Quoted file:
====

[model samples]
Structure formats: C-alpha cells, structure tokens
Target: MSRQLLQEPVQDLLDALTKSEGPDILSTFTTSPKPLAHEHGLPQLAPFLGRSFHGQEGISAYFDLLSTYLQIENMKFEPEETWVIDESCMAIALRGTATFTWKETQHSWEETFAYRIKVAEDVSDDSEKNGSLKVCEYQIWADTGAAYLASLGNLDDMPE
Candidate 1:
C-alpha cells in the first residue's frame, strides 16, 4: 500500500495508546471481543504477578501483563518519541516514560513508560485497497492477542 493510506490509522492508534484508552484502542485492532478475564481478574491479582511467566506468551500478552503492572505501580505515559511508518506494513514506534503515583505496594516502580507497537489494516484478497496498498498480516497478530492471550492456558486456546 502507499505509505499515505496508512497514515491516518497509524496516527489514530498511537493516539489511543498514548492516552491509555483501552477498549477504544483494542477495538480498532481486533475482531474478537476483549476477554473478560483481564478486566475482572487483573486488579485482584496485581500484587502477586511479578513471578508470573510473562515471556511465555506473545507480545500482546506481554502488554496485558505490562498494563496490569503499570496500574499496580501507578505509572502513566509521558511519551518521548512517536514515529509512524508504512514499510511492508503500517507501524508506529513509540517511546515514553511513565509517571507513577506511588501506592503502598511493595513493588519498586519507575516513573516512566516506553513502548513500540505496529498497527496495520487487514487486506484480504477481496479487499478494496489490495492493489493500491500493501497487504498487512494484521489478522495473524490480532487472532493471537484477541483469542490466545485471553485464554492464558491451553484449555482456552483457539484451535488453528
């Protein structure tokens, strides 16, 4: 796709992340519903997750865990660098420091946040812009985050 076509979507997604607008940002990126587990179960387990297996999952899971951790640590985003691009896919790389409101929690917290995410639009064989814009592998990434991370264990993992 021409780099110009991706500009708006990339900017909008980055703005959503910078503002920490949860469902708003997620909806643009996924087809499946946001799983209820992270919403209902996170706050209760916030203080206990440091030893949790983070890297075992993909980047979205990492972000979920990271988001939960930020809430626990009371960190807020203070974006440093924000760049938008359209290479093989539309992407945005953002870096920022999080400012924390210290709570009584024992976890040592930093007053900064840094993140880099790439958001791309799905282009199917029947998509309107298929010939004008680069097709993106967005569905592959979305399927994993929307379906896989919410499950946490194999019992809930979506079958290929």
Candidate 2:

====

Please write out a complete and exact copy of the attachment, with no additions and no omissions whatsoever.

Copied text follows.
[model samples]
Structure formats: C-alpha cells, structure tokens
Target: MSRQLLQEPVQDLLDALTKSEGPDILSTFTTSPKPLAHEHGLPQLAPFLGRSFHGQEGISAYFDLLSTYLQIENMKFEPEETWVIDESCMAIALRGTATFTWKETQHSWEETFAYRIKVAEDVSDDSEKNGSLKVCEYQIWADTGAAYLASLGNLDDMPE
Candidate 1:
C-alpha cells in the first residue's frame, strides 16, 4: 500500500495508546471481543504477578501483563518519541516514560513508560485497497492477542 493510506490509522492508534484508552484502542485492532478475564481478574491479582511467566506468551500478552503492572505501580505515559511508518506494513514506534503515583505496594516502580507497537489494516484478497496498498498480516497478530492471550492456558486456546 502507499505509505499515505496508512497514515491516518497509524496516527489514530498511537493516539489511543498514548492516552491509555483501552477498549477504544483494542477495538480498532481486533475482531474478537476483549476477554473478560483481564478486566475482572487483573486488579485482584496485581500484587502477586511479578513471578508470573510473562515471556511465555506473545507480545500482546506481554502488554496485558505490562498494563496490569503499570496500574499496580501507578505509572502513566509521558511519551518521548512517536514515529509512524508504512514499510511492508503500517507501524508506529513509540517511546515514553511513565509517571507513577506511588501506592503502598511493595513493588519498586519507575516513573516512566516506553513502548513500540505496529498497527496495520487487514487486506484480504477481496479487499478494496489490495492493489493500491500493501497487504498487512494484521489478522495473524490480532487472532493471537484477541483469542490466545485471553485464554492464558491451553484449555482456552483457539484451535488453528
């Protein structure tokens, strides 16, 4: 796709992340519903997750865990660098420091946040812009985050 076509979507997604607008940002990126587990179960387990297996999952899971951790640590985003691009896919790389409101929690917290995410639009064989814009592998990434991370264990993992 021409780099110009991706500009708006990339900017909008980055703005959503910078503002920490949860469902708003997620909806643009996924087809499946946001799983209820992270919403209902996170706050209760916030203080206990440091030893949790983070890297075992993909980047979205990492972000979920990271988001939960930020809430626990009371960190807020203070974006440093924000760049938008359209290479093989539309992407945005953002870096920022999080400012924390210290709570009584024992976890040592930093007053900064840094993140880099790439958001791309799905282009199917029947998509309107298929010939004008680069097709993106967005569905592959979305399927994993929307379906896989919410499950946490194999019992809930979506079958290929």
Candidate 2: